"Great Performances" Presents Tony Winner Christopher Plummer as "Barrymore" Jan. 31

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31 Jan 2014

Christopher Plummer in <i>Barrymore</i>
Christopher Plummer in Barrymore
Cylla Von Tiedemann

"Barrymore," starring Academy and Tony Award winner Christopher Plummer, is presented by PBS' "Great Performances" Jan. 31 at 9 PM ET; check local listings.

Plummer first starred in William Luce's play of the same name in 1997 and won the Tony Award for his performance.

Directed and adapted by writer-director Érik Canuel, the film also features John Plumpis, re-creating his role of Frank, the prompter.

"Set in 1942, Barrymore shines a dramatic spotlight on the acclaimed — and notorious — John Barrymore, capturing the famously combative star in the final months of his life as he struggles to prepare for a backer's audition to stage a revival of his 1920 Broadway triumph in Richard III," press notes state. "Once among the most acclaimed stage actors of his generation, as well as a central member of Broadway and Hollywood's most famous acting dynasty, Barrymore is now in the twilight of his career, no longer a leading box office draw and wrestling with the ravages of his life of excess. In equal parts lacerating wit and piercing despair, the faded icon revisits the highs and lows of his theatrical triumphs and remarkable life."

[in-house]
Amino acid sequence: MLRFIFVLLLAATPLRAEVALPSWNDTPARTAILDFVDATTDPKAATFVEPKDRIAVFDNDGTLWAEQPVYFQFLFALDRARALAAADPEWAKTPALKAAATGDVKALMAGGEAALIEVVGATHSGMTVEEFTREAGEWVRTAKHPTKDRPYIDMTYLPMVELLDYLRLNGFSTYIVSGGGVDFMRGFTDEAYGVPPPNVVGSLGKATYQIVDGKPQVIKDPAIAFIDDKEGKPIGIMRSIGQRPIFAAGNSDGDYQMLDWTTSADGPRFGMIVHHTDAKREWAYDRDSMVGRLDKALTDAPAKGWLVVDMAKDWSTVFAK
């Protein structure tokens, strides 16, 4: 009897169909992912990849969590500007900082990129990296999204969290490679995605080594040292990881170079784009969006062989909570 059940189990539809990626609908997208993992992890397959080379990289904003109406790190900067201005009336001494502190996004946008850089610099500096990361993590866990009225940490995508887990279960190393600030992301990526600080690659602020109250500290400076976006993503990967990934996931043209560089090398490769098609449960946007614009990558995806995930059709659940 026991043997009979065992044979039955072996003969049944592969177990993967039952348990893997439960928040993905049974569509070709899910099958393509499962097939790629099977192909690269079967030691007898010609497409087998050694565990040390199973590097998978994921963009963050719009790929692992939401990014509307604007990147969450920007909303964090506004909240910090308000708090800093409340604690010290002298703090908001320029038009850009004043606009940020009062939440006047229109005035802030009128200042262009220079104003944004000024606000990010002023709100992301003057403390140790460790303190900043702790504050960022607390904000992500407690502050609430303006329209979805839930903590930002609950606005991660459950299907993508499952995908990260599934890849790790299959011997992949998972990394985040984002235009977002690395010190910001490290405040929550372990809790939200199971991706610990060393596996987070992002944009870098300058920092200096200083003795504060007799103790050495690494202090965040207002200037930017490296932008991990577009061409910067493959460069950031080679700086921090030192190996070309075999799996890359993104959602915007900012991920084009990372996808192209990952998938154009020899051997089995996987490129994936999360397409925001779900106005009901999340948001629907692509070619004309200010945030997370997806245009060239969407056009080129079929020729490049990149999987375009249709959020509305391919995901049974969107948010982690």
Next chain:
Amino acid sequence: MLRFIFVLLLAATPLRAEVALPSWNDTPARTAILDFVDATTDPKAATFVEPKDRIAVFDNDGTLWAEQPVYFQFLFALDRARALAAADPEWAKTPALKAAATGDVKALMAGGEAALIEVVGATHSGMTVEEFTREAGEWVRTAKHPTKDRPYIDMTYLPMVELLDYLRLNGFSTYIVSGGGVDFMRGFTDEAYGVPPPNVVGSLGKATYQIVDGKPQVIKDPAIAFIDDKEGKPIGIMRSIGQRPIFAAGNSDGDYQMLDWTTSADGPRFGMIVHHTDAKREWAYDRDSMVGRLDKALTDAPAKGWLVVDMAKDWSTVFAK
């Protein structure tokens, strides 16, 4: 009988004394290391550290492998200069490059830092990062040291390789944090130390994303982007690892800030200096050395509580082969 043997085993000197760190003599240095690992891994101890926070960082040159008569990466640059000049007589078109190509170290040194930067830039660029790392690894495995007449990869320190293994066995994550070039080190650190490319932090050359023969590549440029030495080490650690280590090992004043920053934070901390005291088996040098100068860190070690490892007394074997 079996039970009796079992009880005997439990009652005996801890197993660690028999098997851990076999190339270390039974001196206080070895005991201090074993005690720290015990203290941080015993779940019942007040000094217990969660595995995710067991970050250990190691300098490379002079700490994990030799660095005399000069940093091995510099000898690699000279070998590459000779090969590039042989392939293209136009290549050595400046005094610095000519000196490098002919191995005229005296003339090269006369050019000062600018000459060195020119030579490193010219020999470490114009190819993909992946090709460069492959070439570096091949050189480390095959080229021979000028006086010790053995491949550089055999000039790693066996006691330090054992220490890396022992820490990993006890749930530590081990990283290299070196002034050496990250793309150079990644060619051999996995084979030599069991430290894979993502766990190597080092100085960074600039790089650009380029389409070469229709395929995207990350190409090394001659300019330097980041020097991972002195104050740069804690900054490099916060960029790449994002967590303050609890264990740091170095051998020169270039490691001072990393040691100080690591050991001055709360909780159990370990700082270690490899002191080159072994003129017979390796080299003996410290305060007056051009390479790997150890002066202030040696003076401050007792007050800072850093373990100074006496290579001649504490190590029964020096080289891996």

A two-time Tony Award winner for Cyrano and Barrymore, Plummer's stage credits include Inherit the Wind, King Lear, No Man's Land and The Good Doctor. The Academy Award winner's film work includes "The Sound of Music," "The Girl with the Dragon Tattoo," "The Imaginarium of Doctor Parnassus" and "A Beautiful Mind."



His one-man show A Word or Two plays the Ahmanson Theatre in Los Angeles through Feb. 9; he also portrayed James Tyrone from Long Day's Journey Into Night for a PBS American Masters documentary of Eugene O'Neill.

John Barrymore achieved fame for his performances in Richard III, Hamlet, "Grand Hotel," "Dinner at Eight," "Twentieth Century," "Romeo and Juliet," "Maytime" and "Marie Antoinette," before dying in 1942 at the age of 59.

Visit pbs.org/gperf for more information.